Microsoft fills in some details on Surface RT during Reddit IAmA

Although we know a lot about the Surface RT from Microsoft, there are still gaps in the finer details that you may want to know—either just for curiosity or because it factors into your decision on whether to buy one.

Luckily for you the Surface team to a Q&A session on Reddit yesterday and they answered quite a few question about the upcoming tablet. To help you sort through, we’ll summarize some of the main points…

  • Surface supports Xbox 360 USB controllers for gaming
  • USB will recognize almost all devices, including cameras and will charge your phone
  • No NFC due to the Mag case interfering with the antenna
  • 32GB device will have 20GB available for storage for apps/games; SD card is for movies, pictures and music
  • SDXC is supported; cards can be swapped on the fly
  • Touch Cover has a Microsoft invented smart digitizer, can infer if you meant to press the key or not
  • TouchCover/TypeCover detect orientation relative to the Surface, so it will disable the KB when closed or flipped back
  • Why no 3G/4G mobile broadband? Microsoft looked at tablet sales data: 2/3 WiFi, 1/3 Mobile Broadband. Of the 1/3 sold, only1/2 were ever activated.
  • On the display not being super high resolution, Microsoft addresses this through a three pronged method: ClearType for pixel smoothing, Custom designed 10.6” high contrast wide angle screen and optically bonded the screen with the thinnest optical stack anywhere on the market. In turn, the reflectiveness of the Surface’s display is much lower than the iPad, resulting in higher contrast of colors and more visible detail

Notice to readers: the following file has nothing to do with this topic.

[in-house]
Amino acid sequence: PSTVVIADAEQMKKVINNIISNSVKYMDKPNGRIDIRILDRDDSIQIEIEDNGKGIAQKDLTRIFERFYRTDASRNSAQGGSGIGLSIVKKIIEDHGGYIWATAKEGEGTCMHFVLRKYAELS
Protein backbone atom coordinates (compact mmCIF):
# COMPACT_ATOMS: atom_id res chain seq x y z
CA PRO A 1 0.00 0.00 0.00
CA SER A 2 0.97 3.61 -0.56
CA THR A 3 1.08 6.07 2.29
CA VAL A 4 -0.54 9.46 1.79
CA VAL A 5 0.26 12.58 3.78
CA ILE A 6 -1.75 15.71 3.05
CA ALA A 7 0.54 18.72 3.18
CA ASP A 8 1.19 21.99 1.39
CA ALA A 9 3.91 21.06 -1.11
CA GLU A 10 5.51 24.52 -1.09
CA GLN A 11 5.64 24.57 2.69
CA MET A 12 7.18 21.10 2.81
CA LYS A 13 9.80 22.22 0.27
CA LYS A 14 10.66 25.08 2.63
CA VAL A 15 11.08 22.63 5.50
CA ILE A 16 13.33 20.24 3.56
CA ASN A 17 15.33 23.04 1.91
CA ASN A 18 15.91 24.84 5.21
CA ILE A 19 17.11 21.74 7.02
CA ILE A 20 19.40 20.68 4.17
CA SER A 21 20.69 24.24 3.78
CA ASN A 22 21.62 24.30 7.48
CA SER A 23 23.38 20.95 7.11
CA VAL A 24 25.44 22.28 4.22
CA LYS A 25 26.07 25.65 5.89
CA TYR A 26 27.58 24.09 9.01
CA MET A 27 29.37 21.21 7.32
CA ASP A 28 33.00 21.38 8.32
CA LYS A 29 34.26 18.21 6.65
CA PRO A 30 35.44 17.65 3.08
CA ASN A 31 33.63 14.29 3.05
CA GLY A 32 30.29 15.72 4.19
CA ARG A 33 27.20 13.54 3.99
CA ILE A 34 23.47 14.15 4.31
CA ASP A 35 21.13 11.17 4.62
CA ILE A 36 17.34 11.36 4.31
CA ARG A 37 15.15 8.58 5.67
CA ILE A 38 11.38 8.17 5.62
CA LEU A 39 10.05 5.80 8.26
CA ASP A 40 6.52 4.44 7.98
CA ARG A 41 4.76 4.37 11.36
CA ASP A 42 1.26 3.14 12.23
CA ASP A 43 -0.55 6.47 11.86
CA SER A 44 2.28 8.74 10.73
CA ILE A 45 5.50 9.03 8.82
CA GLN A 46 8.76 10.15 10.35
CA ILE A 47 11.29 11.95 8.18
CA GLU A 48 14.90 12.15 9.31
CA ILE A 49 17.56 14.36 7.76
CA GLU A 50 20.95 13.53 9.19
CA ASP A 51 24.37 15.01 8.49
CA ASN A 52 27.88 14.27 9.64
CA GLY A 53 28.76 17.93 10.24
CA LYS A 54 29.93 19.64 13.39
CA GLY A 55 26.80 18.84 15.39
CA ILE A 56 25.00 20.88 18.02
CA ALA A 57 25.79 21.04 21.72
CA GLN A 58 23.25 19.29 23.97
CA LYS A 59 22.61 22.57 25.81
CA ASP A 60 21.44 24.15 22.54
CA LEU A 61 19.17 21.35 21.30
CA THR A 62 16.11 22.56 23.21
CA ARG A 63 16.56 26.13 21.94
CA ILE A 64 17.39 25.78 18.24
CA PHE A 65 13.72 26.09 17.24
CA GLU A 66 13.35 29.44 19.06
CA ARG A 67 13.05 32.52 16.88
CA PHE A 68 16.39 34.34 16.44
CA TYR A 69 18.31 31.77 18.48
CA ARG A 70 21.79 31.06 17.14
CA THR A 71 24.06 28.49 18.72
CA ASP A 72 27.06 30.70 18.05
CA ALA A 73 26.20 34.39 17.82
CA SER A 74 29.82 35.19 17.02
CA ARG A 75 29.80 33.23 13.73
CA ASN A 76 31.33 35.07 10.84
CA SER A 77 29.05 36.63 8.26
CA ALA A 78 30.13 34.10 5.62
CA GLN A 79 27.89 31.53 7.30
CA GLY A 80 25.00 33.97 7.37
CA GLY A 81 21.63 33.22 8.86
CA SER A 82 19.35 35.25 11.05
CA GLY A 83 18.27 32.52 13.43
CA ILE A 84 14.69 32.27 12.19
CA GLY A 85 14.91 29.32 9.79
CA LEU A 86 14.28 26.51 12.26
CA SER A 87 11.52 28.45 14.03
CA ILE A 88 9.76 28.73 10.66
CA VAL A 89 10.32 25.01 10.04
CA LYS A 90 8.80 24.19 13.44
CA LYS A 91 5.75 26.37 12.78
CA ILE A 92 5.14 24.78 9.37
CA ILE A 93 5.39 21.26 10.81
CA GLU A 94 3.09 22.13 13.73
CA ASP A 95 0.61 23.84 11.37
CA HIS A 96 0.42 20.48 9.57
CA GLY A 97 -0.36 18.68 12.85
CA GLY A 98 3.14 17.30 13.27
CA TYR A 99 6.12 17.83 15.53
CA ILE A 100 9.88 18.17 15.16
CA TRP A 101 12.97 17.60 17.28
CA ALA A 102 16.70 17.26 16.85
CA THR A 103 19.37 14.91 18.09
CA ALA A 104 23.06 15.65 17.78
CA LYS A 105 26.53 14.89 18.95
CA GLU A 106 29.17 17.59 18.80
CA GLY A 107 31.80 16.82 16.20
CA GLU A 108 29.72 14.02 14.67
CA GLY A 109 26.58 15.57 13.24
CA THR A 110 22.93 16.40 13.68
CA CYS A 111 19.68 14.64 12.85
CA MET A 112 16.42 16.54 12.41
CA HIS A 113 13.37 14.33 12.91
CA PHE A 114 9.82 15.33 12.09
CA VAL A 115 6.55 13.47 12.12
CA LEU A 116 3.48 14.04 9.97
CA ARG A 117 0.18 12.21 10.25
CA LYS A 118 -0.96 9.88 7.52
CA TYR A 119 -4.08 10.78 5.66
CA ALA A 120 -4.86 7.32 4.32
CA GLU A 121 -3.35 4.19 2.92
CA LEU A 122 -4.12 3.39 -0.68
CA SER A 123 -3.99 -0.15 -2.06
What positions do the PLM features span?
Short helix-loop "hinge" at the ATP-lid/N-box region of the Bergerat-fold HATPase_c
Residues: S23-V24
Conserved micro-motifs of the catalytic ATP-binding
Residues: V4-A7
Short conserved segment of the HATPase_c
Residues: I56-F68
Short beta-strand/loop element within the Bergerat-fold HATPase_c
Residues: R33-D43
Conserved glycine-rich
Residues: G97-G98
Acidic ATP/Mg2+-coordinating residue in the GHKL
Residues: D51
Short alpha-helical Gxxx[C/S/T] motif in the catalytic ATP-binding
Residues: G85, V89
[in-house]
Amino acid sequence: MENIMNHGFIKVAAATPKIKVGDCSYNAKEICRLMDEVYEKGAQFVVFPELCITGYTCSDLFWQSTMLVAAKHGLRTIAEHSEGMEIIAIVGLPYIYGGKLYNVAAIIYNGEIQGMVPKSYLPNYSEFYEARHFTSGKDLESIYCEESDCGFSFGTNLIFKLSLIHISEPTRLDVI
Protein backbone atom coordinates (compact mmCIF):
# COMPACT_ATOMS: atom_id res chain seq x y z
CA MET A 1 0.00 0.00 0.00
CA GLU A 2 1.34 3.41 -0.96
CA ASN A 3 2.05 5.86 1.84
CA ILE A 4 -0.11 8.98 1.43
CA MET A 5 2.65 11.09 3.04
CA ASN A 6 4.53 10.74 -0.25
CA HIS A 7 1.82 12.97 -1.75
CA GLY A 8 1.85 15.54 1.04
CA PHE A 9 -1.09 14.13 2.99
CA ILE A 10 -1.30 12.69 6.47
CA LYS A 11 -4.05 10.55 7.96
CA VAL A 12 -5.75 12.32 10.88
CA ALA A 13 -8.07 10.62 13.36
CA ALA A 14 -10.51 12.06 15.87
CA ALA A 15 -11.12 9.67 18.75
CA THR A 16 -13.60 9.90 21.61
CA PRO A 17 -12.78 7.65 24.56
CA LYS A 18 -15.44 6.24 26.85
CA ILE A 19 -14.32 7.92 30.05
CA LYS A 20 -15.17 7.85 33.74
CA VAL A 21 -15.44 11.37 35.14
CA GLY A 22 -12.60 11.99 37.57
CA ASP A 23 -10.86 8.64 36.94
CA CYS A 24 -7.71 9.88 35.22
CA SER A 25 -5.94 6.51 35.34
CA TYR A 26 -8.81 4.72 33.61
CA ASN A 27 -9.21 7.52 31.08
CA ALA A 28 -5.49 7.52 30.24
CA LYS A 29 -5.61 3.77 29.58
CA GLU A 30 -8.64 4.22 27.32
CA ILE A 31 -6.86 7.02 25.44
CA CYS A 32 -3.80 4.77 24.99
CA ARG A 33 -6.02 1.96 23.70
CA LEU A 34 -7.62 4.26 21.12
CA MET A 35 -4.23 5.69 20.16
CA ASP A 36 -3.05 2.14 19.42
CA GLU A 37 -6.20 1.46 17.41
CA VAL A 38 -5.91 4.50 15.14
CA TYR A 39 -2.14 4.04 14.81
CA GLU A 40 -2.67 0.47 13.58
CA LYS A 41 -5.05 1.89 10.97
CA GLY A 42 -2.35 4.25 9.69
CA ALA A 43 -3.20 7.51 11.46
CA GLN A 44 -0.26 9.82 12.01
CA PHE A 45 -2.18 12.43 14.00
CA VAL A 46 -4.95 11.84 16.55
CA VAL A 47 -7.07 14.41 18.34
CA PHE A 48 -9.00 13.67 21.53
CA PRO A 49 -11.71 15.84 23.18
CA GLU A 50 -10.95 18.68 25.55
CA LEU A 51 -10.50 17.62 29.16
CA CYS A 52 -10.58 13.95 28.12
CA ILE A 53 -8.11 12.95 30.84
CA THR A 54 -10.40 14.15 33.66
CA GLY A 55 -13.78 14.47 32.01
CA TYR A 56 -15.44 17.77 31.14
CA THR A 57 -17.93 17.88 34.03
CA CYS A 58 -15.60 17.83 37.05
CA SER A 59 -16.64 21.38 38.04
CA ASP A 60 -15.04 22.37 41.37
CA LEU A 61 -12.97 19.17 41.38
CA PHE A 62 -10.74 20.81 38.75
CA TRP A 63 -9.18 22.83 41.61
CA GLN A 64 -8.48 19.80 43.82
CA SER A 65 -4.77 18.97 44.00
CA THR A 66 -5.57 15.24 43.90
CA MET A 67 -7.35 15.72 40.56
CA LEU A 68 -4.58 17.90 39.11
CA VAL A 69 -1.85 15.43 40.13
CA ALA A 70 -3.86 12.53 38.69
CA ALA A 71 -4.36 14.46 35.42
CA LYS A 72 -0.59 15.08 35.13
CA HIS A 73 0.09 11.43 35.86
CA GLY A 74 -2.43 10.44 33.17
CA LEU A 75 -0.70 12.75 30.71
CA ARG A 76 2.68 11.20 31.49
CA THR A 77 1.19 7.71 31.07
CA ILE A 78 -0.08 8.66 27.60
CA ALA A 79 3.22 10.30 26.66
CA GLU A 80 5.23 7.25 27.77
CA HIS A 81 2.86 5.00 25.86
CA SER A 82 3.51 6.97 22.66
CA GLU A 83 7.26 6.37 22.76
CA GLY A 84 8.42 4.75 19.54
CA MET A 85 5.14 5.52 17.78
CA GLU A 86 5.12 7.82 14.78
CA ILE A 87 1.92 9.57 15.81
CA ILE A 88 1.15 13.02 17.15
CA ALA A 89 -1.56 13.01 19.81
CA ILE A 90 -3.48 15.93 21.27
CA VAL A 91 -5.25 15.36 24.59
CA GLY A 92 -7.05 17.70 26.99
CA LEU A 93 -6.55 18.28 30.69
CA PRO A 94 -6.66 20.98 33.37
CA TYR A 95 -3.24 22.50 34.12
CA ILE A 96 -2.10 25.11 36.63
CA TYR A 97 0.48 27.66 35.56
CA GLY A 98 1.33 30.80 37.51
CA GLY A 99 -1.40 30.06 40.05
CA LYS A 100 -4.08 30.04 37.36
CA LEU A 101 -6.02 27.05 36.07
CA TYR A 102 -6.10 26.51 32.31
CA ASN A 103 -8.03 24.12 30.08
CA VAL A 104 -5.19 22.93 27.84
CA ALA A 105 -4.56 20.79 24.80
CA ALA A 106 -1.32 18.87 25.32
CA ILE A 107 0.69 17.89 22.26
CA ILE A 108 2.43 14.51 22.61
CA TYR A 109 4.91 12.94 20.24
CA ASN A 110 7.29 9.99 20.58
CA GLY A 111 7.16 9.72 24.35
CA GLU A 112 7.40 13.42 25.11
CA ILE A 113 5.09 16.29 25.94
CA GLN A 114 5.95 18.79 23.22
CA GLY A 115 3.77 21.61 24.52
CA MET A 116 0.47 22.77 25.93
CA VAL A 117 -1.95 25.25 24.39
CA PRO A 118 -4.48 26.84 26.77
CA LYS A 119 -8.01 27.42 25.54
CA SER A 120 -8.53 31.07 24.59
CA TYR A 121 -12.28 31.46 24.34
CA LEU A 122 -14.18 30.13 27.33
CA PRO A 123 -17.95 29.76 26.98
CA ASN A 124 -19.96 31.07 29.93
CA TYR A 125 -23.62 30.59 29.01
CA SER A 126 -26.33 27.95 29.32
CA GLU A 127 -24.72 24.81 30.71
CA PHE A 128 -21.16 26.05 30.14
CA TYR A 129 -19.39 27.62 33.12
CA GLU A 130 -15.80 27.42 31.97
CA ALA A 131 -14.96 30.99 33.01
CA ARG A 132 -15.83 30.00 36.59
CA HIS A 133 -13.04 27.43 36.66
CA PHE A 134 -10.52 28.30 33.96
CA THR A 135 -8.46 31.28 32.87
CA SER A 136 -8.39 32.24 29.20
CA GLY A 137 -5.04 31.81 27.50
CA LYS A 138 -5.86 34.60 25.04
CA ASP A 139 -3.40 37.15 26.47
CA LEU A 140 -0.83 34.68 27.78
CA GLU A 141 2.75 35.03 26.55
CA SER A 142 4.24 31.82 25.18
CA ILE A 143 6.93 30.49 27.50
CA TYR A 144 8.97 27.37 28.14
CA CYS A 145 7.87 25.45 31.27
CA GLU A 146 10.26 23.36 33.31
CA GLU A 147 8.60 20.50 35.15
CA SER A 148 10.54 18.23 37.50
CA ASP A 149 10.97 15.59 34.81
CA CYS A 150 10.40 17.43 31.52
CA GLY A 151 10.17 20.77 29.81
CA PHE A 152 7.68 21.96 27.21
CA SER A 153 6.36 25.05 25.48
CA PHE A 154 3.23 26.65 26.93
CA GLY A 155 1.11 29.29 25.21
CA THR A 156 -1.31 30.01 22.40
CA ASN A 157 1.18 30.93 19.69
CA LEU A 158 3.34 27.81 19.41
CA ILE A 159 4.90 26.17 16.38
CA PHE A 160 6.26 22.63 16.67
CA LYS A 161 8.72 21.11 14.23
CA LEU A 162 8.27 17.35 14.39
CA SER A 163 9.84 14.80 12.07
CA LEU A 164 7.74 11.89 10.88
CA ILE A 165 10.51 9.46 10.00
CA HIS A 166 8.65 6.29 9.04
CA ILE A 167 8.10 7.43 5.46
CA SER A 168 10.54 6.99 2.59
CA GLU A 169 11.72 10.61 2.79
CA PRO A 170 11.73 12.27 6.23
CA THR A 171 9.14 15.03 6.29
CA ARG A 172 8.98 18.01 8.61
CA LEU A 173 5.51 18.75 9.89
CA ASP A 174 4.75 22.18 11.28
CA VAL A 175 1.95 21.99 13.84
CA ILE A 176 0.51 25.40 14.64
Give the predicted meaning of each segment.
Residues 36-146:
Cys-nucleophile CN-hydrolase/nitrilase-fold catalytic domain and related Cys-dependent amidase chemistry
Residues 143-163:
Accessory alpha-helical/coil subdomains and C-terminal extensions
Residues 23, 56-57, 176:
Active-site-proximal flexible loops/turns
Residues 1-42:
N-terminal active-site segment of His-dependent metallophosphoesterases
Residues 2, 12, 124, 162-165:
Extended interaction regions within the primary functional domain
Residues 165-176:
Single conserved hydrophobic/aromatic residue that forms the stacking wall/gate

• Why no USB 3.0? Microsoft chose USB 2.0 instead of 3.0 based on capability of the ARM SoCs during their development timeframe.

Source: Reddit

Daniel Rubino

Daniel Rubino is the Editor-in-chief of Windows Central. He is also the head reviewer, podcast co-host, and analyst. He has been covering Microsoft since 2007, when this site was called WMExperts (and later Windows Phone Central). His interests include Windows, laptops, next-gen computing, and watches. He has been reviewing laptops since 2015 and is particularly fond of 2-in-1 convertibles, ARM processors, new form factors, and thin-and-light PCs. Before all this tech stuff, he worked on a Ph.D. in linguistics, watched people sleep (for medical purposes!), and ran the projectors at movie theaters because it was fun.